Subdivided by mountains and islands, Busan can seem like not just one city but a dozen. What ties them all together is the energy that flows from the bustling markets, docks and factories. The vitality doesn’t subside with nightfall – that’s when meat starts to sizzle at barbecue restaurants, the first rounds of shots are poured at drinking tents and the monumental landmarks light up. Don’t stand on ceremony –follow the locals and dive right in.
When to go
Busan is temperate for most of March to November but gets wickedly hot and muggy in July and August, with monsoon rains. The mercury hits freezing in December and January but this makes escaping to one of Busan’s many delightful cafes even more enjoyable during these winter months.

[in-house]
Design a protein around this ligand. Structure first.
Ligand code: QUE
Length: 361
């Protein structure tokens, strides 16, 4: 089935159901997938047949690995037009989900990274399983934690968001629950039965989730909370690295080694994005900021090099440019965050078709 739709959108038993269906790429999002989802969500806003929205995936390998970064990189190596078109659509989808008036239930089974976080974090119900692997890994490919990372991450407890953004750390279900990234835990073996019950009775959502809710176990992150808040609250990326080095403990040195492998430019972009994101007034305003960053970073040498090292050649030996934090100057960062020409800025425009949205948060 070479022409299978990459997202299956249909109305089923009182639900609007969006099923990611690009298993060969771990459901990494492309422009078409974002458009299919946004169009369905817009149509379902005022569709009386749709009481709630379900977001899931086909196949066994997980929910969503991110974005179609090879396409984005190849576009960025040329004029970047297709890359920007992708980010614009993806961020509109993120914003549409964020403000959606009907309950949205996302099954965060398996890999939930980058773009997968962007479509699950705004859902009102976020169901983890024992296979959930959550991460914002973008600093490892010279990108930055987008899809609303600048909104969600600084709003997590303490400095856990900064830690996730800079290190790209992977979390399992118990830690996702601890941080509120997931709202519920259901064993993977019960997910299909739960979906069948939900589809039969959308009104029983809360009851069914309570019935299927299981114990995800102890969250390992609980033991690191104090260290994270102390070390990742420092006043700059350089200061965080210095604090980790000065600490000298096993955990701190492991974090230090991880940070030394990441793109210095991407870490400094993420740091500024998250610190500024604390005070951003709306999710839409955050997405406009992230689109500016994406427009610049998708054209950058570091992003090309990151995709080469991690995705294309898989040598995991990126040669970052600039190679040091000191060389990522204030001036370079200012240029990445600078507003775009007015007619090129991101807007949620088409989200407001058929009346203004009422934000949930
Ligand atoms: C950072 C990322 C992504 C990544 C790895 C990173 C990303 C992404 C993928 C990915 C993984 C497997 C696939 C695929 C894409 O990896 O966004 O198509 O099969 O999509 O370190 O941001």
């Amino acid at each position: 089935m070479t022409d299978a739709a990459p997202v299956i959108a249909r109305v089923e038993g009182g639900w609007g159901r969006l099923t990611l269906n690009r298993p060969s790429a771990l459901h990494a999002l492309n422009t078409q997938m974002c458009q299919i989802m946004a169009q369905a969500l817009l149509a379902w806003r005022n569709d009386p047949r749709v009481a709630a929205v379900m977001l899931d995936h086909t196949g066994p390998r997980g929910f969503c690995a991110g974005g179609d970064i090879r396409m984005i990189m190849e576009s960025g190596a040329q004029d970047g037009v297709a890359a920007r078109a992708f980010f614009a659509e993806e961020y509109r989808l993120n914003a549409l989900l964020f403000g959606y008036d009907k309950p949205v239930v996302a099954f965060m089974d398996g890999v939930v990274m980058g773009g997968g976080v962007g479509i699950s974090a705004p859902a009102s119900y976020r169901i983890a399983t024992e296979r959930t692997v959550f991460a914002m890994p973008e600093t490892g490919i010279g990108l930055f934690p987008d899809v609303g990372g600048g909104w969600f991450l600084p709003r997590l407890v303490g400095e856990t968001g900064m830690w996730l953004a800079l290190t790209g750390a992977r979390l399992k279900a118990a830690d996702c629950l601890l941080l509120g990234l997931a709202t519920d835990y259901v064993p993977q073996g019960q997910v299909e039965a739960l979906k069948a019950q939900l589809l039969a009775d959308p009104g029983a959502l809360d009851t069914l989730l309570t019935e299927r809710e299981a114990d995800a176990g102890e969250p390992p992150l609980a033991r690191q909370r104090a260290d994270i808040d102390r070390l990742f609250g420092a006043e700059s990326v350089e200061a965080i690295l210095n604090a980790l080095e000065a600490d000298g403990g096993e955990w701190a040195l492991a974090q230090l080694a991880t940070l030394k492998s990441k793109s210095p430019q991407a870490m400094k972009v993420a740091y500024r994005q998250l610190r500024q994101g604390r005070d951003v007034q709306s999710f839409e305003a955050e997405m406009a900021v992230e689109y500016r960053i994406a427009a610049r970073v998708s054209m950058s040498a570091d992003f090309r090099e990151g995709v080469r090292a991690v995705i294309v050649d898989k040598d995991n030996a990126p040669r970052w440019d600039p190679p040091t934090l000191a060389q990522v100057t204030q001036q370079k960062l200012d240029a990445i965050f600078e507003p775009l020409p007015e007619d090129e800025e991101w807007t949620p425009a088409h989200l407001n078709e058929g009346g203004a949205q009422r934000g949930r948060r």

How to get around
The city metro and bus systems are wide-ranging and efficient; taxis are common and affordable, but brace yourself for a white-knuckle ride. Rechargeable Cashbee cards – available at metro stations and major convenience stores – work for all three modes of transportation. Cycling is only advisable in the beachfront Haeundae district and on riverside paths.